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Inasmuch as there was a council at Jerusalem (which council was temporary, for a specific object, and under the declared guidance of the Holy Ghost), many Christians now assume divine warrant for other councils, associations, conferences and assemblies, whose organization shall be self-perpetuating, with supervision and control over a number of churches, and whose decision shall be final.

Let us look at this original council, and see if there is anything in its organization, duration and authority which warrants such assumptions. The church at Jerusalem was the first local New Testament church. At the persecution of Stephen, members of this church were "scattered abroad." "Some traveled to Antioch, preaching the Lord Jesus. Many believed and turned to the Lord. When tidings of these things came to the ears of the church which was at Jerusalem, they sent forth Barnabas, that he should go as far as Antioch; who, when he came, exhorted them all that with full purpose of heart, they would cleave unto the Lord. And much people were added unto the Lord." (Acts 11:22,23). After the departure of Barnabas and Paul from Antioch, "certain men came down from Judea and taught the brethren 'except ye be circumcised after the manner of Moses ye cannot be saved.'" (Acts 15:1). This the church at Antioch regarded as contrary to the teachings of Barnabas and Paul, and as an infringement upon their Christian liberty. Also, the requirement to be "circumcised," appears to have been conveyed as a command from the church at Jerusalem; for reply was, "we gave no such commandment." We now note—

1. The question to be settled was not the propriety or duty of circumcision, any where and every where, but whether any command of its observance was from [R1087 : page 5] the mother church at Jerusalem to the church at Antioch.

Circumcision was one of those Jewish practices that did not subvert morality or true piety, and was left in observance in the churches gathered among the Jews.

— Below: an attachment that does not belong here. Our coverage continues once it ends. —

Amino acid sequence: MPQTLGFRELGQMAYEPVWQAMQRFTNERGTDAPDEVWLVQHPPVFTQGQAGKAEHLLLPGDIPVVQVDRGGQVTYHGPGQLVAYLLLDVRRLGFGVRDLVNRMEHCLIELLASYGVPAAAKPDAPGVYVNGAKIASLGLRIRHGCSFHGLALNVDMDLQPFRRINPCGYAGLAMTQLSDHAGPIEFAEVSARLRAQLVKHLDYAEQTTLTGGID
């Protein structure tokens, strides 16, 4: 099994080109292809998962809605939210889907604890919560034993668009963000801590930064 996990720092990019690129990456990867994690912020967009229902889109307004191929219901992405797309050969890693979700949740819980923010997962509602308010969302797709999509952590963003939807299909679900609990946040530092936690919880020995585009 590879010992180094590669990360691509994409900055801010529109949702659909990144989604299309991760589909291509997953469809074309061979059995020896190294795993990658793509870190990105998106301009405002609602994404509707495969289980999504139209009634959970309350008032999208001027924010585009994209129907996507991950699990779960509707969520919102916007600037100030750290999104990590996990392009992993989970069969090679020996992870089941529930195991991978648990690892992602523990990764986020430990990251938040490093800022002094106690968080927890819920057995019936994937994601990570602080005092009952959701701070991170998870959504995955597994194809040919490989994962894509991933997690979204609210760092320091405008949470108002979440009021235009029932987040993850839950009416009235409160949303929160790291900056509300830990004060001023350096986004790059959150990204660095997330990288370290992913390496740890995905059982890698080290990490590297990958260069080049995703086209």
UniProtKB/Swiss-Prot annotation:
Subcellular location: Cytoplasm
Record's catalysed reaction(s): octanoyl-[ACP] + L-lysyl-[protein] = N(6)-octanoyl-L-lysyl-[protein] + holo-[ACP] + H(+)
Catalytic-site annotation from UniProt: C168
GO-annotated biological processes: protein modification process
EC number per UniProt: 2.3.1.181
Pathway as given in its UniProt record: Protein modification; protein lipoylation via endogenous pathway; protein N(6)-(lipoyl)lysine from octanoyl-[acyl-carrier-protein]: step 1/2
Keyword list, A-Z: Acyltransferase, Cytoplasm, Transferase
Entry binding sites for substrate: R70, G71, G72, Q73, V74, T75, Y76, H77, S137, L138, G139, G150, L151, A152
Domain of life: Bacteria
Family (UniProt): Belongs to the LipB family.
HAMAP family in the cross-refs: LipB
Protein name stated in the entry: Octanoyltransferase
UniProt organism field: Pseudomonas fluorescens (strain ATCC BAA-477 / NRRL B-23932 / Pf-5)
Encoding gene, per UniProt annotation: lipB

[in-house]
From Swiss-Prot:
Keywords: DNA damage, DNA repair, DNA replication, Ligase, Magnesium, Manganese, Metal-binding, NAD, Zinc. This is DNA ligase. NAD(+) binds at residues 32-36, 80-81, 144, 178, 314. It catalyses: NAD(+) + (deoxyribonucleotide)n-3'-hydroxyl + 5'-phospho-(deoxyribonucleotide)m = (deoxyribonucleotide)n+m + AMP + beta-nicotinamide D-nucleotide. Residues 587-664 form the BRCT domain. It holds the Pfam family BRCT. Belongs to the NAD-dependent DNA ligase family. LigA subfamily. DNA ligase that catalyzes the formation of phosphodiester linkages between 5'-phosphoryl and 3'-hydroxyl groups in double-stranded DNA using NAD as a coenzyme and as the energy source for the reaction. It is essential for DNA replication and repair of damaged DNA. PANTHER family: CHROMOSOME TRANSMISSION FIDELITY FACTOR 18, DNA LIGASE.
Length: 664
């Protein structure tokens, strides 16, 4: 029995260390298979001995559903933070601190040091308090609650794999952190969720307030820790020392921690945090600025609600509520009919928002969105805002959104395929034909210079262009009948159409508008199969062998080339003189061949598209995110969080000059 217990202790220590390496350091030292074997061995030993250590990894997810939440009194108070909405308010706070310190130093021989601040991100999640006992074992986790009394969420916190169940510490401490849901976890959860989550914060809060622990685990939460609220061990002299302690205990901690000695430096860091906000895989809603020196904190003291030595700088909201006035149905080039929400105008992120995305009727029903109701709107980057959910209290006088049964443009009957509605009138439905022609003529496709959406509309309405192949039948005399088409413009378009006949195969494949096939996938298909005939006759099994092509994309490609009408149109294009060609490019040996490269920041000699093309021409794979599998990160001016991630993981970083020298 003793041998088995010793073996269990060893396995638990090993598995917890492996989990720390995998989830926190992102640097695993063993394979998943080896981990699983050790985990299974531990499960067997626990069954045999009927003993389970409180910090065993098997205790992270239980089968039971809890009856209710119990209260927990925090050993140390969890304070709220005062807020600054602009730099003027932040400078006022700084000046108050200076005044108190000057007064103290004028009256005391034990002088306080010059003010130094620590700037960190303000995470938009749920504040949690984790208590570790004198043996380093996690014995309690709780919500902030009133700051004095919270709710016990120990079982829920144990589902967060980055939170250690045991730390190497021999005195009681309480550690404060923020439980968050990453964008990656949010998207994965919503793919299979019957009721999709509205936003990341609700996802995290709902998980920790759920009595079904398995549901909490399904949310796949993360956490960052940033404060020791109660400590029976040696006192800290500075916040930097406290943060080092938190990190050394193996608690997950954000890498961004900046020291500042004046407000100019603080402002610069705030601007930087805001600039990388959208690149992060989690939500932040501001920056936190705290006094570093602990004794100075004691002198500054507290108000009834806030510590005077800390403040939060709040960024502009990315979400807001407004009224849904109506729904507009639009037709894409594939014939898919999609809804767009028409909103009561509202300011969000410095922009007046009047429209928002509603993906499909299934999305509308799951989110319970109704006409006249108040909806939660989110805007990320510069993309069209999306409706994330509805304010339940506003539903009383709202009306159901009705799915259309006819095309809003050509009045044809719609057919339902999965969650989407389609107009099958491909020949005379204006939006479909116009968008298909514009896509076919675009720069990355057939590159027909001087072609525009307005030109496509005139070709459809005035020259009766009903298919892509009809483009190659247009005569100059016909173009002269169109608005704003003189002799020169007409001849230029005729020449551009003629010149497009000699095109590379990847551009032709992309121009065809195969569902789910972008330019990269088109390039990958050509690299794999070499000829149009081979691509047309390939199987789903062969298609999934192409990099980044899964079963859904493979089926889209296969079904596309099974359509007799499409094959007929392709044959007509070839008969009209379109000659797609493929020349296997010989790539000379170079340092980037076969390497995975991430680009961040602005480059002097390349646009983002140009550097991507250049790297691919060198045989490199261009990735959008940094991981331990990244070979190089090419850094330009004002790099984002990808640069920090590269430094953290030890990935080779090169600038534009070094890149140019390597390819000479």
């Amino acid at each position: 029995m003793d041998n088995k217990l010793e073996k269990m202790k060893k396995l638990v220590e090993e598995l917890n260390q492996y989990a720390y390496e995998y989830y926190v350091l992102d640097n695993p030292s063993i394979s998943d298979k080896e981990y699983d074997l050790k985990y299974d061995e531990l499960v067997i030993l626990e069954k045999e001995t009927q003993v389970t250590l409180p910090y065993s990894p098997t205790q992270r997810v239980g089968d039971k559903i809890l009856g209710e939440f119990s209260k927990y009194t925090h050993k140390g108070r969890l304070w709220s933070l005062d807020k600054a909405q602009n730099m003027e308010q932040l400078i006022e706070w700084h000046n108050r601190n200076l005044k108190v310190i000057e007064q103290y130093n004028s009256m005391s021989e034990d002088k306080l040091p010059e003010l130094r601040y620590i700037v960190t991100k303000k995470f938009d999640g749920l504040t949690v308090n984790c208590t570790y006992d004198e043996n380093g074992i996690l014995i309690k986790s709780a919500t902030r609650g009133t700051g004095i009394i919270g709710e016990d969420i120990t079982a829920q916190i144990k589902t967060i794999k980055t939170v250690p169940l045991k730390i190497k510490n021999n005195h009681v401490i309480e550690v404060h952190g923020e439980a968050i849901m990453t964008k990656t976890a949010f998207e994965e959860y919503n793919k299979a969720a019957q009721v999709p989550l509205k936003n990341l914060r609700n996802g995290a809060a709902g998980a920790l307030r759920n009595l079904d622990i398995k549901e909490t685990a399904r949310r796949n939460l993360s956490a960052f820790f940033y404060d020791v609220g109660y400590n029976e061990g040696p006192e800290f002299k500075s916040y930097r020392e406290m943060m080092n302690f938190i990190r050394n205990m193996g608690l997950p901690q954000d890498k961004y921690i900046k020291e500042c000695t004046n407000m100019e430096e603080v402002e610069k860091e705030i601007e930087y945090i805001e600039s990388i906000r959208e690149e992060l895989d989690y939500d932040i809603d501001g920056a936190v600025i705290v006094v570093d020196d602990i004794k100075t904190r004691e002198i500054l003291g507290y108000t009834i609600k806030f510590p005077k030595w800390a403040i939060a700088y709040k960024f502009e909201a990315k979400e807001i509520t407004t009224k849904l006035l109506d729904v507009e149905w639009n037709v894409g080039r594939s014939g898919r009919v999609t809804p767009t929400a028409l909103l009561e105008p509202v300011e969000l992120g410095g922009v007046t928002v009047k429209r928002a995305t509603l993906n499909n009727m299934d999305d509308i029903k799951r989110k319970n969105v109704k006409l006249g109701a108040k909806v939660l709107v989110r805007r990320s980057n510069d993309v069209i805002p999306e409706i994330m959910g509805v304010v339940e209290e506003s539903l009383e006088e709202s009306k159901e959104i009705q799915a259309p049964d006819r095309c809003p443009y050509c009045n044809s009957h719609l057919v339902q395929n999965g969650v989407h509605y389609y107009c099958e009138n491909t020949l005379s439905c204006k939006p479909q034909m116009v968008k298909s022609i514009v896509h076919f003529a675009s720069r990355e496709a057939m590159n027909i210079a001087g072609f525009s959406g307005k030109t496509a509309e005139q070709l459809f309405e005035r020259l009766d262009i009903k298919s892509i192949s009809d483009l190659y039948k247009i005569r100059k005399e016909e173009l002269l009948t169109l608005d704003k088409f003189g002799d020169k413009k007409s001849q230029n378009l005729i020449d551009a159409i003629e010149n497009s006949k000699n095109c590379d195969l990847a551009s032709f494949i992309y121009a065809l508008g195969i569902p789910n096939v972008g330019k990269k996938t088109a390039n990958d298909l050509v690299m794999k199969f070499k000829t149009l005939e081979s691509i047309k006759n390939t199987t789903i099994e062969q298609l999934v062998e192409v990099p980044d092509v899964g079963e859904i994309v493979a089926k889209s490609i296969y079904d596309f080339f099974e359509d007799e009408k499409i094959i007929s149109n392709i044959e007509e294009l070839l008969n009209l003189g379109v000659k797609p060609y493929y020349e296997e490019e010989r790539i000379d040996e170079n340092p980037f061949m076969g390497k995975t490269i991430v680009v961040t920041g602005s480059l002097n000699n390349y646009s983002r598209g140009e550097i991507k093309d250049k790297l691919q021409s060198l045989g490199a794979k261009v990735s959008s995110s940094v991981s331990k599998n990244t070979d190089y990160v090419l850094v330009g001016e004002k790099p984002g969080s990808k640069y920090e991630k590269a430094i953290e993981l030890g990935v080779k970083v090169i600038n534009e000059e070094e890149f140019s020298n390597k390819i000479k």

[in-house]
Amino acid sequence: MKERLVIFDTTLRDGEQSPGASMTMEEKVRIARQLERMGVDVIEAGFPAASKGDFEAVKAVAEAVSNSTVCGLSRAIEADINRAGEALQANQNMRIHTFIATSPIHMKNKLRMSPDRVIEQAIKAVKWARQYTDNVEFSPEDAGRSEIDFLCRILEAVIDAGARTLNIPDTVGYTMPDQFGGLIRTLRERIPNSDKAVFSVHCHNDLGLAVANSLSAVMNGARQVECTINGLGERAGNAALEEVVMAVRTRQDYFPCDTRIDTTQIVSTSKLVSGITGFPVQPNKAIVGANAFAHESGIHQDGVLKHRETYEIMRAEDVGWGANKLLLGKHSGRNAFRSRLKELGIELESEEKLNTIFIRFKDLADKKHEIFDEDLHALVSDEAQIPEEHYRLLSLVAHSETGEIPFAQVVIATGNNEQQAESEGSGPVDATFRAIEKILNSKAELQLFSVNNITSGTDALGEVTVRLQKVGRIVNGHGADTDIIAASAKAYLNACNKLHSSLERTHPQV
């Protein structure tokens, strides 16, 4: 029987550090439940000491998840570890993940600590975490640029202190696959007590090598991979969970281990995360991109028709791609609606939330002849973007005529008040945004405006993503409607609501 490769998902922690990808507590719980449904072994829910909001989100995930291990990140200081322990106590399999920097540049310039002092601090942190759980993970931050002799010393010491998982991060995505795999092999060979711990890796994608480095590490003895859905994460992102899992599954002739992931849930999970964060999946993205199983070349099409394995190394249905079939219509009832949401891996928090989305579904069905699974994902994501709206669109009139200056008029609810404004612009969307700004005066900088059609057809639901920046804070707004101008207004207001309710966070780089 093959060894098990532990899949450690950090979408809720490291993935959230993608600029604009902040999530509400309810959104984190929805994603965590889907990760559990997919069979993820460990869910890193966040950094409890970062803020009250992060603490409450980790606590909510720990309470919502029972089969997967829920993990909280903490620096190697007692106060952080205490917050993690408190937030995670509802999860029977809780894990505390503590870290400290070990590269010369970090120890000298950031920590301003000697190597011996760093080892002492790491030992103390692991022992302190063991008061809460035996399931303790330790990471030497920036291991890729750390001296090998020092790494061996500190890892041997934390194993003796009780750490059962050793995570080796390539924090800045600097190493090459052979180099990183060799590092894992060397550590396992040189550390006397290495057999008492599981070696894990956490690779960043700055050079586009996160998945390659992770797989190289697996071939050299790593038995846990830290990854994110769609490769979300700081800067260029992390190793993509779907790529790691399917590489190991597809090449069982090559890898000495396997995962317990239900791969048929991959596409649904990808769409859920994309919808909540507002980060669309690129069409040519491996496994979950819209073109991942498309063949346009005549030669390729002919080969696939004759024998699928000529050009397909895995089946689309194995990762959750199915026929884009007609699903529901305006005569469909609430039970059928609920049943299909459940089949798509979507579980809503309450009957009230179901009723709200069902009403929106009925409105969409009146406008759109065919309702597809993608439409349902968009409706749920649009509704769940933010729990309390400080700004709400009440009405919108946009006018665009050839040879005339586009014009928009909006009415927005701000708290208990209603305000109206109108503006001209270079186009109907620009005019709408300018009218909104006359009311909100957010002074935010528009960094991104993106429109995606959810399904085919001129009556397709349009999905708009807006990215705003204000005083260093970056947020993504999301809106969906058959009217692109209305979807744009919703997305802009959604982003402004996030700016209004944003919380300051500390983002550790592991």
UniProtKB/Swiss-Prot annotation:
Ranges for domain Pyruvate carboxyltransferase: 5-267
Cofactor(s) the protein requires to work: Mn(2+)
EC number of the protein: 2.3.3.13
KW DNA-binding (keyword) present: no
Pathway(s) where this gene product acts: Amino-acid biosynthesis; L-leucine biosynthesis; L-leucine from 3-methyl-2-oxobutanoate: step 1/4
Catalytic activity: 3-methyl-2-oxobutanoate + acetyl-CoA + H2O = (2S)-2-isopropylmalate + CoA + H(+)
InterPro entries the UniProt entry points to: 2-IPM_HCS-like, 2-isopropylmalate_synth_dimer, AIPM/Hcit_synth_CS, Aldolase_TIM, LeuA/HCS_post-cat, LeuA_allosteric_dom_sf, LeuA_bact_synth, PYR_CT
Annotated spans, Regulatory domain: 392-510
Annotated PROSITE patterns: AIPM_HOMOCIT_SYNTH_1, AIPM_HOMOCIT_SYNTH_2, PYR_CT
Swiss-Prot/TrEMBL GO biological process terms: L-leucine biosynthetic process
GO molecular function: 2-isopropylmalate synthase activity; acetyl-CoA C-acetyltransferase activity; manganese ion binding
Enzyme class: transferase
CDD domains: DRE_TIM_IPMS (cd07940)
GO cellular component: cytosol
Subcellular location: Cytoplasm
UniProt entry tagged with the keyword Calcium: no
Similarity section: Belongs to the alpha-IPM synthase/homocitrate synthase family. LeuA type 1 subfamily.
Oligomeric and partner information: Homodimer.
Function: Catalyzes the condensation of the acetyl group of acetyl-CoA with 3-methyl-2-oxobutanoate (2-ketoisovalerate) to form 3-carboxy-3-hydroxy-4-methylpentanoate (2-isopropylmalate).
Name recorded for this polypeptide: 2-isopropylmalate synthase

Now whilst this council did not pretend to settle the propriety or impropriety of circumcision for all people, it did decide concerning those who "went out from us troubling you"—the church at Antioch—"saying you must be circumcised,"—"to such we gave no such commandment." See Acts 15:24.

The one local church, guided by the Holy Spirit, as we shall see, took the occasion to decide also, "that we trouble not them which from among the Gentiles are turned unto God."

2. This convention was not composed of ministers and delegates alone, nor of ministers and "elders" alone, nor of bishops and presiding elders and deacons alone, but of the one local church at Jerusalem. Note the language—"When they," (the messengers from Antioch), "were come to Jerusalem, they were received of the church, and the apostles and elders." v. 4. Again: "Then pleased it the Apostles and elders with the whole church." v. 22. The apostles and elders were members of the church, just as "men and brethren" were members of the church. The men were not a separate class from the brethren. The address to the "angel"—minister—of the church at Ephesus was an address to the church at Ephesus, as the context shows. See Rev. 2:1. So here. Hence when Peter and James, (the latter was pastor of the church), arose to speak, they addressed "all the multitude, men and brethren."

3. The decision was not the mere judgment of men; whether clergy or laity or both, but the decision of the Holy Ghost—for "it seemed good to the Holy Ghost and to us." v. 29.

4. Lest these converts from the Gentiles might infer that because they were not under obligations to observe one of the laws of Moses, they were alike exempt from all others, even such as were necessary to morality and true piety, and the canon of Scripture being not yet fully established, the church at Jerusalem, guided by the Holy Ghost, directed in reference to non-observance of heathen vices around this church and said "abstain from pollution of idols and fornication and from things strangled and from blood." Let the reader now fix in his memory the fact that the council at Jerusalem was not a body of clergymen, with delegates gathered from different provinces or districts, to decide whether a church should be formed or not, and how it should be formed; nor was it a body of clergymen and delegates met to declare that the acting pastor of a local church, within the boundary of an "association" was heterodox, and not a suitable person to be installed over another church, but it was simply one local mother church having the mind of the Holy Ghost, answering a pertinent inquiry from a child, another local church; and then, the canon of Scripture not fully complete, and the church at Jerusalem being guided by the Holy Ghost, gave instructions in reference to certain vices, which if practiced would have been subversive of true piety. This was the work and the manner of it.

Now, until these modern "councils, associations, conferences and assemblies" can show that they are, in their organization and duration, like the precedent in Jerusalem, and having also the voice of the "Holy Ghost" in the formation of their creeds, regulations and edicts, we shall challenge their assumptions, and maintain for ourselves the strict independency of the local church, guided by the now complete and inspired word.